I’ll never forget the weekend after the EOCs were finished—my phone started ringing and ringing around 4 or 5 in the morning. I finally answered and it was Daniel screaming, “Ms. Thompson! I did it! I passed! I did it and I passed ALL THREE OF THEM!” The following Monday, students were only required to attend school if they needed to retake any EOCs, so for the first time in three years, he was not on that list! I parked, was walking to my classroom, and who did I see running down the hall? Daniel. He was giving his teachers hugs and high fives and he only went to school that day because he was so proud of himself, wanted to celebrate with his teachers, and show off that he had done it. He had made it happen.
Daniel taught me two life lessons: First, it’s when I really came to believe and hold close to my heart the Michael Jordan quote, “Some people want it to happen, some wish it would happen, others make it happen.” Daniel taught me so much. I can’t imagine the courage it takes to look at something that has beaten you down multiple times, to know it’s your last shot and to say, “I’m giving it everything I’ve got and I’m going to do this.” Wow. He truly made it happen. Second, I was also going through my own set of failures during that time because I was still such a NEW teacher. Even though I didn’t know what I was doing, because I conveyed belief in him and showed up – that was all he needed to make it happen. Simply by conveying the belief and showing up, it gave him the support he needed.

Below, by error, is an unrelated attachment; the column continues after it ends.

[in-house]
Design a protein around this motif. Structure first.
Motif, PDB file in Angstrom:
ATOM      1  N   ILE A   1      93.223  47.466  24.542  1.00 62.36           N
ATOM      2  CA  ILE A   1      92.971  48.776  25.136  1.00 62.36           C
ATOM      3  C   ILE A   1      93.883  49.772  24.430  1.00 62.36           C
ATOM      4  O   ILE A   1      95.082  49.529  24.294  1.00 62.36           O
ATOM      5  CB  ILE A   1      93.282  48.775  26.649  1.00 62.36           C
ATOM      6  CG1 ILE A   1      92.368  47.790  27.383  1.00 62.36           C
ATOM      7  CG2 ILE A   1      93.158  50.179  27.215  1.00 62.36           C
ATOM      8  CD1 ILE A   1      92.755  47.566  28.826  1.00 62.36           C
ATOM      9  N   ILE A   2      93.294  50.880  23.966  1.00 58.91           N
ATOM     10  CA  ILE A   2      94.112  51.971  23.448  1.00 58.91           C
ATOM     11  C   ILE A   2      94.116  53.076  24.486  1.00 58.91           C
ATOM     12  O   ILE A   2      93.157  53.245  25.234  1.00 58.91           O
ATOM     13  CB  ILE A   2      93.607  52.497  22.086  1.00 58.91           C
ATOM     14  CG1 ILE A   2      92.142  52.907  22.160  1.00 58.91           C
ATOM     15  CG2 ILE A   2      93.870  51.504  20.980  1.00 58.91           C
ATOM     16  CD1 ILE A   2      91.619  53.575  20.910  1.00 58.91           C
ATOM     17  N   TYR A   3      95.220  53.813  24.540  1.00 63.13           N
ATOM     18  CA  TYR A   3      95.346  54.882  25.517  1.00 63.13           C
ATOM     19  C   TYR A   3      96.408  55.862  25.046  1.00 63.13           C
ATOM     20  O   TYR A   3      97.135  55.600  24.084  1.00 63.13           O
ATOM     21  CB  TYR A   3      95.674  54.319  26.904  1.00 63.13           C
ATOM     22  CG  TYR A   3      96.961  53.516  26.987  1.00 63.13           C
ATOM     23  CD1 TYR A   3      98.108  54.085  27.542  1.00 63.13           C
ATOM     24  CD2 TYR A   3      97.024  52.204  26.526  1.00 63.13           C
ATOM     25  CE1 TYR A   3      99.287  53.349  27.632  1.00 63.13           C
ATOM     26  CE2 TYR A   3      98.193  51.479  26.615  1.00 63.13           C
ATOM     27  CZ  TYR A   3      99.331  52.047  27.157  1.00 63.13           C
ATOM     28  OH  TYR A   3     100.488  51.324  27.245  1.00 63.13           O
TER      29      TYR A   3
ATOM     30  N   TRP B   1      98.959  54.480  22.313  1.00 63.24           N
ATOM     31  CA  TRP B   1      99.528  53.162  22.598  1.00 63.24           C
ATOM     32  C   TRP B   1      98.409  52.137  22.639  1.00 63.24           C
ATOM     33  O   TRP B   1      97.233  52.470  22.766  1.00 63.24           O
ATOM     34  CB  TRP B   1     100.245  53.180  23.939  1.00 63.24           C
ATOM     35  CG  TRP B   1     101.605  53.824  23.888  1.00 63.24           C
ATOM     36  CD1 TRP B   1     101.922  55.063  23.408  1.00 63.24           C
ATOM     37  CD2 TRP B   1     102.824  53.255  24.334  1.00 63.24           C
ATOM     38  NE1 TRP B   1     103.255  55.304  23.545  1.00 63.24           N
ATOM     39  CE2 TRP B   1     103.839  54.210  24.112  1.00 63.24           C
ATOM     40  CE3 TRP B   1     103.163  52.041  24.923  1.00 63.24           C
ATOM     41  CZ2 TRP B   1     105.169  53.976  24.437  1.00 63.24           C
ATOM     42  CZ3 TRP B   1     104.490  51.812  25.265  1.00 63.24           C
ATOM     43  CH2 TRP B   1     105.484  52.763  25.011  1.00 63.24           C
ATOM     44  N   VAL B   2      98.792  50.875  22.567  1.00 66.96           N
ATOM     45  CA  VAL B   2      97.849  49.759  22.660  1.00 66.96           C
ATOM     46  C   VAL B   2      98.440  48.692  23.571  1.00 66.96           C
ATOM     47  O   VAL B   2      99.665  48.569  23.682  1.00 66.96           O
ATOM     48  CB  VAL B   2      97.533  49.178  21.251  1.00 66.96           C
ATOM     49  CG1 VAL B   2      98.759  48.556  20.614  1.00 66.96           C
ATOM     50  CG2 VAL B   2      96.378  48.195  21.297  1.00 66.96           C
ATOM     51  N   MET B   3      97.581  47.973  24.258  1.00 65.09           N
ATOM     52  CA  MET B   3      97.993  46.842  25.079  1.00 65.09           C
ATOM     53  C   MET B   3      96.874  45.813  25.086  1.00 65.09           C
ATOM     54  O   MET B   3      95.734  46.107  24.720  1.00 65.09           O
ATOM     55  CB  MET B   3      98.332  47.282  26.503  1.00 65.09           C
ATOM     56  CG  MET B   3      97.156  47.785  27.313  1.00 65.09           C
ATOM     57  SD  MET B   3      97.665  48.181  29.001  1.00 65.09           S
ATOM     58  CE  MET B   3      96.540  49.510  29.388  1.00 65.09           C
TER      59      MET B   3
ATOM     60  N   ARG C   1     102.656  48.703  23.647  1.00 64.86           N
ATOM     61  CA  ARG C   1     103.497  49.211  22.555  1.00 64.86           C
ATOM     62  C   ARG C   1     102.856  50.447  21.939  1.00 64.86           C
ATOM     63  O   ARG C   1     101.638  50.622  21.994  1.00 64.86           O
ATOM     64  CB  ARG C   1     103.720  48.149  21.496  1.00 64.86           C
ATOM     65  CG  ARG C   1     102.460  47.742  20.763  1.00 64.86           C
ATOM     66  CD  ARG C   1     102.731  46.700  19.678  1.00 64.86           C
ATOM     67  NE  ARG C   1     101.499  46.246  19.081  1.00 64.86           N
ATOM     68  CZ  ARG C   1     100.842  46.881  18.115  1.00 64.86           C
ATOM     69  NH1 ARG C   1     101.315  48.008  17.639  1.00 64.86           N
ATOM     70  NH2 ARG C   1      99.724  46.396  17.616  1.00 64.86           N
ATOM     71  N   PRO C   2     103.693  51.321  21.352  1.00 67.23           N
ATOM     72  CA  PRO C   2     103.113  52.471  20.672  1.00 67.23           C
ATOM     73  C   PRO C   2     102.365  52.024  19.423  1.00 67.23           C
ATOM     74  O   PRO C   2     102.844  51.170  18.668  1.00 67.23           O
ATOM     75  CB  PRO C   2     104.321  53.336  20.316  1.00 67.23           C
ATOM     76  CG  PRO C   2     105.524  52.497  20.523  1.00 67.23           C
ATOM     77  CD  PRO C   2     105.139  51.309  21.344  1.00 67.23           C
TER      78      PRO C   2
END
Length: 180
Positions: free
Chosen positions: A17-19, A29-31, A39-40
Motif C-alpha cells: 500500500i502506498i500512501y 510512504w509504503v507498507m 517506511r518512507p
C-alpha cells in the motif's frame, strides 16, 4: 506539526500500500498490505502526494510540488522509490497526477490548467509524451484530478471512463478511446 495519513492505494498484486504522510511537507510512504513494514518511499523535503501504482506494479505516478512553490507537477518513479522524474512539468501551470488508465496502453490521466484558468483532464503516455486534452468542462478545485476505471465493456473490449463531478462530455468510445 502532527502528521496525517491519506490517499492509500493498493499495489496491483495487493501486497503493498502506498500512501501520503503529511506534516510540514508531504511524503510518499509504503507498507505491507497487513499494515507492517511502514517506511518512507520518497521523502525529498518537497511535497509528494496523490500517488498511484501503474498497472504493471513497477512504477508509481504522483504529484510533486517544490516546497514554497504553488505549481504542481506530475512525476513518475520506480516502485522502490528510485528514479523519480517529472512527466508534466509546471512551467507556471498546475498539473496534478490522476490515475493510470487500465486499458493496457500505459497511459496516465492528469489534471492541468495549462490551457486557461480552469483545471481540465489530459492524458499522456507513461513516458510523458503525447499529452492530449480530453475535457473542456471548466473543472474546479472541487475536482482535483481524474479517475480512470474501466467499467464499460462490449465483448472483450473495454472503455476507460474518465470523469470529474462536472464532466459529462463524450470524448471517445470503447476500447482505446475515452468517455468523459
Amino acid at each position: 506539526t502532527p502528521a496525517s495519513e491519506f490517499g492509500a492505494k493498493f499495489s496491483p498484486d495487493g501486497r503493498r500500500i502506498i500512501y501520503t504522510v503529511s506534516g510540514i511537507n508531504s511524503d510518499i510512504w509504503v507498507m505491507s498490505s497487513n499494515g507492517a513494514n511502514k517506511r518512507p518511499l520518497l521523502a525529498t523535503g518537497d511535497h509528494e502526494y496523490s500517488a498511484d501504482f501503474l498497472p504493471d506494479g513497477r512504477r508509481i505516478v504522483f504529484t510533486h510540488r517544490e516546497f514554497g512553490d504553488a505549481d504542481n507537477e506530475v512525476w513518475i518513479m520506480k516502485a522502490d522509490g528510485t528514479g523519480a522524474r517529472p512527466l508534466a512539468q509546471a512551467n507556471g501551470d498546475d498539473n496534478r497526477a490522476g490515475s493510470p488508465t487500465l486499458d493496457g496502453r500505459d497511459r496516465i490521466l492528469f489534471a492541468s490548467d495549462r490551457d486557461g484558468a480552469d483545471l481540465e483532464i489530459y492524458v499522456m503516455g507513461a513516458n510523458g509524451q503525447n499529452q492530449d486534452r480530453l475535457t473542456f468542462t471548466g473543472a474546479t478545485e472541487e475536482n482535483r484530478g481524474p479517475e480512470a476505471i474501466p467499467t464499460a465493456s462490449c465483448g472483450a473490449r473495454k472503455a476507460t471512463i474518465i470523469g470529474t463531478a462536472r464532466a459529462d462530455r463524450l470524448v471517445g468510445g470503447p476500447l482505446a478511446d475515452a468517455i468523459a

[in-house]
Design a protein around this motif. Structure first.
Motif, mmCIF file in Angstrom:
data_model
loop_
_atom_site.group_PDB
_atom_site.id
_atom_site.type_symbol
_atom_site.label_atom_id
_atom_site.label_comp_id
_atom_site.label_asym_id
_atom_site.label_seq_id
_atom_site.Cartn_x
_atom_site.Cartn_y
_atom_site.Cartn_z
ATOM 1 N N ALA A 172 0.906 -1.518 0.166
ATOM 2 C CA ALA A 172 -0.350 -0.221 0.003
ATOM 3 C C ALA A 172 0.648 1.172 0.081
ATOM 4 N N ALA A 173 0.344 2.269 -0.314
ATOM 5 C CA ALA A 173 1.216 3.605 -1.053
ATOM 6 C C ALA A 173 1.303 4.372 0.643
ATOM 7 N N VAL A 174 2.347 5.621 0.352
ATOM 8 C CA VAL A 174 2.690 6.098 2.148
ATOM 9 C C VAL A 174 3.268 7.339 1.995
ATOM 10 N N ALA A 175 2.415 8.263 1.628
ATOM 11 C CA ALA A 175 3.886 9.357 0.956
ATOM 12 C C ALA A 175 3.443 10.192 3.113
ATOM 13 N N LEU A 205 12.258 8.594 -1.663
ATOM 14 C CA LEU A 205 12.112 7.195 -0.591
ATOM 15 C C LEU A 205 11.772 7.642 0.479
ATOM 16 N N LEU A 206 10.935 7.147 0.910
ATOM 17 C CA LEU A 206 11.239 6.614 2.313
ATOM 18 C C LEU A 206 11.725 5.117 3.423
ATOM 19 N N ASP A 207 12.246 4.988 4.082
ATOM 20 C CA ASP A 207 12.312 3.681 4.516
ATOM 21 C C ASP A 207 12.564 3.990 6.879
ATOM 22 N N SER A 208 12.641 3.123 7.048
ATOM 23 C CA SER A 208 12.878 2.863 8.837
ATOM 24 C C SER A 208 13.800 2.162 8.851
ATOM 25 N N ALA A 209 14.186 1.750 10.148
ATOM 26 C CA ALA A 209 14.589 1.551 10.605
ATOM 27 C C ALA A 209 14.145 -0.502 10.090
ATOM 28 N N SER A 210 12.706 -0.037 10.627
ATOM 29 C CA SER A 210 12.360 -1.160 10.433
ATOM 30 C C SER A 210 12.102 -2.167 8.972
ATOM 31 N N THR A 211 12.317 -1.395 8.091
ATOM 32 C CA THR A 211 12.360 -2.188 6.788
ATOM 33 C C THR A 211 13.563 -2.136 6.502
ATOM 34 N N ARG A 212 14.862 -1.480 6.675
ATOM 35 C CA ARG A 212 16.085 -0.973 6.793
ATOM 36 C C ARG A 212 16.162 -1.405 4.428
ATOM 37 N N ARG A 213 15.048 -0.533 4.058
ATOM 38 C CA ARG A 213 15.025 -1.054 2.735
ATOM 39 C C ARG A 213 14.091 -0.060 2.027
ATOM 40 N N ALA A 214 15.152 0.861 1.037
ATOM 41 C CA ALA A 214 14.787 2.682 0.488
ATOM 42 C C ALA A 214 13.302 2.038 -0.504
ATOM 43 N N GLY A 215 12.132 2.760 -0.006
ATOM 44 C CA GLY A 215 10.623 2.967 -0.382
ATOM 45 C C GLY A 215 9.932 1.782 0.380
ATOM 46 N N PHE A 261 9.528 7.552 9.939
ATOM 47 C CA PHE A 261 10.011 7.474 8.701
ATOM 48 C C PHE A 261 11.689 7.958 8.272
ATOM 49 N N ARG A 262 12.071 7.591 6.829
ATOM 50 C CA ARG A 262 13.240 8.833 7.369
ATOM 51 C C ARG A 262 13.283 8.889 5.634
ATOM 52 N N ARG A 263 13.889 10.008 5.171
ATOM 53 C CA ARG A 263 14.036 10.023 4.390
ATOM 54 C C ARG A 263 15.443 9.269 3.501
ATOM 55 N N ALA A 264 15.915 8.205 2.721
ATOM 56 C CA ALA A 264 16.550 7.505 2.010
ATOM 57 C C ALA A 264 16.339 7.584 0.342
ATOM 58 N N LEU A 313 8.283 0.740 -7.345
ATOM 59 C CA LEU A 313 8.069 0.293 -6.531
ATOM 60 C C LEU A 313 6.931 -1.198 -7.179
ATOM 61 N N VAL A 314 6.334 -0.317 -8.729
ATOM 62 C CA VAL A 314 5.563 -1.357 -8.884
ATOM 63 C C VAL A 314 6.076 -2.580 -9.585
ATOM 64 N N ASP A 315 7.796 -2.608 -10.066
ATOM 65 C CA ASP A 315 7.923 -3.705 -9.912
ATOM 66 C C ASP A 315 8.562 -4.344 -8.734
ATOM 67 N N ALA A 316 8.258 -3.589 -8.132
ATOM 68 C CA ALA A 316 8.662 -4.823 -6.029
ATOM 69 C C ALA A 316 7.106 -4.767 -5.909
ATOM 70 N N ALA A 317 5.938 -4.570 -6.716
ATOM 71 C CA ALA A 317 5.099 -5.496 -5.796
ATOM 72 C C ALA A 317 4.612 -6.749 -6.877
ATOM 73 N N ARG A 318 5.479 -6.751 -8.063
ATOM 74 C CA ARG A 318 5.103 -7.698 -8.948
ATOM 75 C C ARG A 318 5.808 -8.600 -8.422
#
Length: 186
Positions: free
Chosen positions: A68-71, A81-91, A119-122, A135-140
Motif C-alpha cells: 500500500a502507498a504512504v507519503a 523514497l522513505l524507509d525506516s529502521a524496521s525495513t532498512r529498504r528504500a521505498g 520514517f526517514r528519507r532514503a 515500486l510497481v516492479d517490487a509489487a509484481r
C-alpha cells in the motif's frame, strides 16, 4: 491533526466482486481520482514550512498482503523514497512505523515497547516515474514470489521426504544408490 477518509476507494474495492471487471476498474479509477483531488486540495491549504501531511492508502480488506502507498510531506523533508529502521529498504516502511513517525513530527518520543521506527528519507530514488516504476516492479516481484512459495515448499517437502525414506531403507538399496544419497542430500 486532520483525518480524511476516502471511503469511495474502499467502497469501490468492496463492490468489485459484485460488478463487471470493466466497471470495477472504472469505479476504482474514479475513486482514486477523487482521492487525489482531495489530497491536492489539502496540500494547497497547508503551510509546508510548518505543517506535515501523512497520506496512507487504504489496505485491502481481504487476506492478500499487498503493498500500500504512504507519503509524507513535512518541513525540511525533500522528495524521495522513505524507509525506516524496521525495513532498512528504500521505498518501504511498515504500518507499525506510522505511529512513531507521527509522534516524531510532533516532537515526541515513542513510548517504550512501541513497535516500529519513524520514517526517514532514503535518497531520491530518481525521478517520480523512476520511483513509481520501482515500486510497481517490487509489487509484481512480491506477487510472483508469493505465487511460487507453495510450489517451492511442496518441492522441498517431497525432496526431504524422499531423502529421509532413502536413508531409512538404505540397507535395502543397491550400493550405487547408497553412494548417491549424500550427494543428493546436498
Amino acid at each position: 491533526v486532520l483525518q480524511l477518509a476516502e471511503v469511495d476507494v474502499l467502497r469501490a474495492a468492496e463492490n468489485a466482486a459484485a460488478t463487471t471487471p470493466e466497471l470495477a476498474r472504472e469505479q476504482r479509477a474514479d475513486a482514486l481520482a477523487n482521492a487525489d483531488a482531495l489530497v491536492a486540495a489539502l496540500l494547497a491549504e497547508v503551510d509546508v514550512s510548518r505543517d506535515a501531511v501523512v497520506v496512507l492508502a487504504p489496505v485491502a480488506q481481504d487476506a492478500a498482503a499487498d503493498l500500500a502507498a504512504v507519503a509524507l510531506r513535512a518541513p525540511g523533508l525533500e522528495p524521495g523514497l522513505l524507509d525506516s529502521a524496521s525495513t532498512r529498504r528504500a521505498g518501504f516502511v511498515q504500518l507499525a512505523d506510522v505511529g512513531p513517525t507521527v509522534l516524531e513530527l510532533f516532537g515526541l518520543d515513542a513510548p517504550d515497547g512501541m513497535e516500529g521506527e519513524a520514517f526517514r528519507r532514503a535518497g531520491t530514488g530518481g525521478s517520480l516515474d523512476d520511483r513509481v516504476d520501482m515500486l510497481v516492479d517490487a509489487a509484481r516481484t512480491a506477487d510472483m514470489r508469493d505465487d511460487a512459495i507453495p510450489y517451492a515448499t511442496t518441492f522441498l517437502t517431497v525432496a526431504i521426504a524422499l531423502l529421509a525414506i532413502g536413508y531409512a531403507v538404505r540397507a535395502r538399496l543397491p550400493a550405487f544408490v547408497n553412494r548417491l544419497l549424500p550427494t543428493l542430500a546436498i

Tammy / Age 15 / 6th Grade
Vulnerability time — as this experience is one of failure. This was more recent, just about 3 years ago. I taught a student named Tammy (name changed for privacy) who was selectively mute. From what I gathered from her family and her files, she had not spoken in a school setting since 3rd grade and no one really knew why. She was full of personality and absolutely hilarious. She was incredibly talented at communicating nonverbally, and often I would find myself saying, “Tammy told me…” because her messaging, at times, was just as clear as if she had spoken the words. However, in addition to selective mutism, she also avoided completing any work that she felt she didn’t know. She would often slip into one of the elementary classrooms and get some of their worksheets, or bring her own past worksheets to school, and work on these in class. Because it kept her from shutting down or acting out, I let her do this. I didn’t know what to do, and I let it paralyze me. I let myself lower the expectations. I didn’t know what to do, so I did nothing. I failed her and she has since dropped out of school.
It’s interesting — in both situations, I didn’t really know what to do. Yet, in one I conveyed belief and showed up. In the other, I let uncertainty paralyze me from action. I had the same set of knowledge and skills; in fact, one could argue I had less with Daniel, and yet my action or inaction led to two vastly different end results.
I share these experiences in the hope that, as you wrap up these last few weeks of the school year, and perhaps find yourself in a daunting situation, don’t focus on what you don’t know how to do. Don’t let not knowing what to do paralyze you. Instead focus on CONVEYING BELIEF in and SHOWING UP for your students in the final 9 weeks. Be consistent through the finish line and the end result will not disappoint.
Meghan Thompson joined Teach For America in 2008 and began her career in education as a 9th-12th Special Education Teacher in Charlotte, NC. In 2010, she was a member of the founding team at Henderson Collegiate (a school that has ranked in the top 3.5% of all NC public schools for the past 4 years). In 2014, she was a member of the founding team at Democracy Prep Baton Rouge and throughout her time at DPBR served as a middle school ELA teacher, middle school math teacher and the Middle School Campus Director.